Silver thistle brooch from Penrith. COPYRIGHT British Museum.
Just a quick post today, mostly because I’m a bit freaked out by the slew of material on the ‘net yesterday and today claiming that this-that-or-the-other group is x% Viking, or that Penrith is 5% Viking (if you’re a man), or Yorkshire something more. The fact is that if you ask a scientific expert – for which I recommend Sense About Science for a quickie – they say that it’s not that straightforward. The DNA testing companies that offer you and me the chance to decide we’re Celtic or Viking or Egyptian or whatever are being massively simplistic. We’re all probably related to the Vikings somewhere along the line, never mind the million that the headlines were talking yesterday.
Having depressed you all nicely, I remind you of these rather wonderful, actual Viking things that were found in a field, traditionally known as Silver Field (hah!), near Newbiggin, Penrith. One brooch was Continue reading
Just a quick one this time so you know I’m still here! My recent post on the Kingmoor Ring got me thinking about a number of things. Firstly, whilst people in southern England probably expect to find anglo-saxon archaeology, it’s a bit of a novelty in Cumbria. Secondly, why are we surprised to find an inscription that is a variety of good luck charm? And thirdly, why does this ring get a fancy name with capitalisations – actually, it gets two because it’s sometimes known as the Greymoor Ring – when other fabulous, and magical, things do not?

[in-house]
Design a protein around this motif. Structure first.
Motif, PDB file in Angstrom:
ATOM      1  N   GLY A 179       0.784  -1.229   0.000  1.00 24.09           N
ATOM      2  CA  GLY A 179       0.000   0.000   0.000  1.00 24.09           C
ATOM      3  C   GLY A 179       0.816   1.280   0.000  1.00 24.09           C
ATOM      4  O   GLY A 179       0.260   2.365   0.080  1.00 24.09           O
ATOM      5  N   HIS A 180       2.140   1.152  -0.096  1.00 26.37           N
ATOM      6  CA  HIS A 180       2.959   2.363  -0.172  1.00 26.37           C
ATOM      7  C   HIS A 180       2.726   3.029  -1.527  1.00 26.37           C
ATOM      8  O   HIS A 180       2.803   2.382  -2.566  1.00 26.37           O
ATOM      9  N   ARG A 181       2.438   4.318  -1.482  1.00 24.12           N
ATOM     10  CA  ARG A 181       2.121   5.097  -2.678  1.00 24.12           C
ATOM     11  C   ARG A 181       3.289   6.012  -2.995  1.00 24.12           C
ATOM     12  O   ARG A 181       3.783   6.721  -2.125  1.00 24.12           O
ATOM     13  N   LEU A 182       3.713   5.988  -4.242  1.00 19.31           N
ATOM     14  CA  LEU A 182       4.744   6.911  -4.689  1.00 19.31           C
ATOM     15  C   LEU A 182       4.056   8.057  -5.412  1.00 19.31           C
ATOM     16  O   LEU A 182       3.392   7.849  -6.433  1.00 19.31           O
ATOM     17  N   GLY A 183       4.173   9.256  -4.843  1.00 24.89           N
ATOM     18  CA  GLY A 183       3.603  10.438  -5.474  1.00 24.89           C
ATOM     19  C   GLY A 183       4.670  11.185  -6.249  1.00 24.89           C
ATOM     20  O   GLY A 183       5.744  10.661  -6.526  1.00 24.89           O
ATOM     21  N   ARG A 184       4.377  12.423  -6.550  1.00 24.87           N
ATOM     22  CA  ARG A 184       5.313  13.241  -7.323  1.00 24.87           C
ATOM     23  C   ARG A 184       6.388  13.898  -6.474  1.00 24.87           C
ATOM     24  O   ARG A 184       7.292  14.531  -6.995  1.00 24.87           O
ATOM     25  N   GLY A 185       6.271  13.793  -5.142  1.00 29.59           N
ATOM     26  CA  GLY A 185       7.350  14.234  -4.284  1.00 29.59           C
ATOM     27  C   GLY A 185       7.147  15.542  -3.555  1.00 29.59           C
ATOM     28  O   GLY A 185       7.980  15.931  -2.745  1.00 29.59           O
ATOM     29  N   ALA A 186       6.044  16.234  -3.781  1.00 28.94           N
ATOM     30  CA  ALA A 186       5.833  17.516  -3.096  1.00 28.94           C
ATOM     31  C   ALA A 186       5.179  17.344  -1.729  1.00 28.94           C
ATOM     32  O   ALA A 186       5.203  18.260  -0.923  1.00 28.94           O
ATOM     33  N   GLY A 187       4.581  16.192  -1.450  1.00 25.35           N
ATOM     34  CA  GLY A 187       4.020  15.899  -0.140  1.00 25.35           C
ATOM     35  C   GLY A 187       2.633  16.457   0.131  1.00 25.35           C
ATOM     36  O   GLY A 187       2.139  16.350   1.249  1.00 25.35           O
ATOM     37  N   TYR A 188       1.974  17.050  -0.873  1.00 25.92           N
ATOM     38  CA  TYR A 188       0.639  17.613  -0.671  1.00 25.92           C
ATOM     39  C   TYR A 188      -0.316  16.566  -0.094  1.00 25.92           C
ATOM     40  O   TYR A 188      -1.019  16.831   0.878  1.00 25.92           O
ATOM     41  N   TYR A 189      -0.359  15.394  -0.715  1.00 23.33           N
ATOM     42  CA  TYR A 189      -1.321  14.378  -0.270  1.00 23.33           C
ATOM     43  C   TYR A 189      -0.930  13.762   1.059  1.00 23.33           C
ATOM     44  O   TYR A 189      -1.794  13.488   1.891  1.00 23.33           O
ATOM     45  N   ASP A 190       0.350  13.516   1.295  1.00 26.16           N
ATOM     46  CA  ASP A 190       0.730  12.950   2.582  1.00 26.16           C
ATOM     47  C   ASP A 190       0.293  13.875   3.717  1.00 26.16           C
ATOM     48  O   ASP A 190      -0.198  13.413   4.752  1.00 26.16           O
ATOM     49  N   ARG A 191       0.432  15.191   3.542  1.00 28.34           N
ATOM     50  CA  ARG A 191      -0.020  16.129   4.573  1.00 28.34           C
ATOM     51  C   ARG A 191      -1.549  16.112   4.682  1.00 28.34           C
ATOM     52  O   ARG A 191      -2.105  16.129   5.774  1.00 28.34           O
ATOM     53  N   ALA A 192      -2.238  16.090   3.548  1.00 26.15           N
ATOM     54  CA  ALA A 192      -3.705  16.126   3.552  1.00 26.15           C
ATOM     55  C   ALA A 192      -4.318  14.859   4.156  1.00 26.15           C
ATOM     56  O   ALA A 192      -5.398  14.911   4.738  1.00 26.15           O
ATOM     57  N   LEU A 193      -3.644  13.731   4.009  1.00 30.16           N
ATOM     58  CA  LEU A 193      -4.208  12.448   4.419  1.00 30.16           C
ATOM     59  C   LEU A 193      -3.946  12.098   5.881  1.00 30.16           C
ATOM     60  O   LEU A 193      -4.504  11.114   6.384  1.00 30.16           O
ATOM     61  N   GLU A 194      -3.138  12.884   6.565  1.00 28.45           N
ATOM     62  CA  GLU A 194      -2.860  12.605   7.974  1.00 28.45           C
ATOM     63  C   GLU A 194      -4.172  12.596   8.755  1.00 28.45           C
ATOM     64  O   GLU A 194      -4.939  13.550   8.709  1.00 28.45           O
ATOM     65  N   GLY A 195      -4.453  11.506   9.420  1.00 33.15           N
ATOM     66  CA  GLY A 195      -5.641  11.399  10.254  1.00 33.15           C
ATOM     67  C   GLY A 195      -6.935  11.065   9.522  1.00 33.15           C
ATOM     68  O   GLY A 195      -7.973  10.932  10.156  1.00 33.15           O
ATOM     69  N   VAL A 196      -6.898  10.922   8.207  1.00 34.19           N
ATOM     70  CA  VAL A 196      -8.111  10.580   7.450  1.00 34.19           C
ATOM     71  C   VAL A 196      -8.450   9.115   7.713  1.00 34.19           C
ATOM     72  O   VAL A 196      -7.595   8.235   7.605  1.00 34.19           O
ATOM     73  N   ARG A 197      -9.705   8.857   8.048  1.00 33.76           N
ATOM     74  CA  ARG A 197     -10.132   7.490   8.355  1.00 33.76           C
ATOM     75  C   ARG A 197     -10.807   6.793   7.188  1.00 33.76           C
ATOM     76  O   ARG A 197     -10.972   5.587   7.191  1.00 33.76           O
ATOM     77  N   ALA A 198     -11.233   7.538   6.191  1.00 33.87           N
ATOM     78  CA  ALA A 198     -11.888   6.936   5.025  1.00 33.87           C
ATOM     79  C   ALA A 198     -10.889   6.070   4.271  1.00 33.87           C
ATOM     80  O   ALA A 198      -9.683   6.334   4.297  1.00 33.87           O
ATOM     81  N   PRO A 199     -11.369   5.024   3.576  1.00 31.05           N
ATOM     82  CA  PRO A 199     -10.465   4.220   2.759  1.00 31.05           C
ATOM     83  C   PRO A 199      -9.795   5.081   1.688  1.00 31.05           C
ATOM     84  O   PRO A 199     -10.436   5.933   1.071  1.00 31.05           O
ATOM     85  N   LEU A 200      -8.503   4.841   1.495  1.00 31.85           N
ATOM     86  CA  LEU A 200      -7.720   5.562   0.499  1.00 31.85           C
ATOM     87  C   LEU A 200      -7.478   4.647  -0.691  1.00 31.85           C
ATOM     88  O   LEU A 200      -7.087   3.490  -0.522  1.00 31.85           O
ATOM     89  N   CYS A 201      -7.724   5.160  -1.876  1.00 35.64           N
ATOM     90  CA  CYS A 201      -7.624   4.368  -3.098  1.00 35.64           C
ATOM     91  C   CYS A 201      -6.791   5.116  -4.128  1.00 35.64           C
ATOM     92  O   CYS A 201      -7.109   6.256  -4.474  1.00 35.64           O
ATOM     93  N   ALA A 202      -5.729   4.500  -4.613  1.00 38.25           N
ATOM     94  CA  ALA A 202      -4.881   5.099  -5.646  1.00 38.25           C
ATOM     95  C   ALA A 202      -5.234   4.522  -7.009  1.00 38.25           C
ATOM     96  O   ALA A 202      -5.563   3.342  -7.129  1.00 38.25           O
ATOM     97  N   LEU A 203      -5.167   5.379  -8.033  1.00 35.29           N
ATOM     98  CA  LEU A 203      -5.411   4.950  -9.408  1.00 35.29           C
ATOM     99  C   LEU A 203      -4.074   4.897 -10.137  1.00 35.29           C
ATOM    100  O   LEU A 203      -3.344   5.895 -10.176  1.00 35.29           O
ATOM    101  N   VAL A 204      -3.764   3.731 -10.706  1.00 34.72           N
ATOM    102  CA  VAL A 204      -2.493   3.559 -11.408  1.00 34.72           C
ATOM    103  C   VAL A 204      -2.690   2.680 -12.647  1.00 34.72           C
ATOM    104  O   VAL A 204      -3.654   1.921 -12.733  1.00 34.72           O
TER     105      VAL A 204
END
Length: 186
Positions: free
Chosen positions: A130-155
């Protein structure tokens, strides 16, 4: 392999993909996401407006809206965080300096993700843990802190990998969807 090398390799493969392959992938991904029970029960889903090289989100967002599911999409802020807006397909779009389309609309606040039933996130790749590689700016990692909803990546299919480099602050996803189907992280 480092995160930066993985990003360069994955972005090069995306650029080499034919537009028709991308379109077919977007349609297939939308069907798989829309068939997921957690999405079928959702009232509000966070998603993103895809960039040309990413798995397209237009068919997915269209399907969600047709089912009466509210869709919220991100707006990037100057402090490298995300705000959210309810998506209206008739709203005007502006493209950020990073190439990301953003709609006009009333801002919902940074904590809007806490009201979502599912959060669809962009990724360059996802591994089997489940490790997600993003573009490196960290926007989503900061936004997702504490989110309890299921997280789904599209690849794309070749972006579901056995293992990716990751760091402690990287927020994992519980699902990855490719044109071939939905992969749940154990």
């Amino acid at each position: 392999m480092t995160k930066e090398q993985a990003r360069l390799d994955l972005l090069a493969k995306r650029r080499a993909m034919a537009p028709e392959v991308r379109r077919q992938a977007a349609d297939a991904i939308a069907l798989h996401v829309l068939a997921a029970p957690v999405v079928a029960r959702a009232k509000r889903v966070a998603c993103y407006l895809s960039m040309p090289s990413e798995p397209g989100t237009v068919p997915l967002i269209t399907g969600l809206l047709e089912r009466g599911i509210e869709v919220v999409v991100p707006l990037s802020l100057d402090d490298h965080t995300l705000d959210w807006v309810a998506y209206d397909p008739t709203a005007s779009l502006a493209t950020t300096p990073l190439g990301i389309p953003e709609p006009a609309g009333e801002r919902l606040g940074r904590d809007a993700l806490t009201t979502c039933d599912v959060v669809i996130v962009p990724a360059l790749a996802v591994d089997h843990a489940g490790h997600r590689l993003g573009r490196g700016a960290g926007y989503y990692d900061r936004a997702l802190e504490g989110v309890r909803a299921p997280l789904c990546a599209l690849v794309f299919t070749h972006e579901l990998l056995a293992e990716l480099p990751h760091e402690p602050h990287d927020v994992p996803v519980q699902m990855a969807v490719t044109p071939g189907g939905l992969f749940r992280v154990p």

Norse Brooch from Penrith, copyright British Museum
Let me introduce this unnamed brooch. It was found near Penrith and acquired by the British Museum twenty years ago Continue reading
One of the joys of having your own blog is the statistics. I know that doesn’t sound riveting, but look at this collection of Google search terms that apparently led people to my blog:
How long does ham keep in the freezer1
Loki stone at Kirkby Stephen, Cumbria
Blimey – usage history2
What to call colour which shines every colour3
Is eveling a word?4
Mistress with man in chains5
I’ll gloss over the first four, but the fifth reminded me very much of the 10th-century, viking-made Loki stone at Kirkby Stephen in the Eden Valley (which should tell you plenty about the way my mind works). It was found in 1870, and after a short sojourn on display in the churchyard, it was moved inside the church to protect it from the weather. This is a hefty chunky of sandstone with a carved figure with horns, a beard, a belt, and chains. He doesn’t look too happy about it, but then, according to Norse mythology, those chains are actually his son’s entrails. Continue reading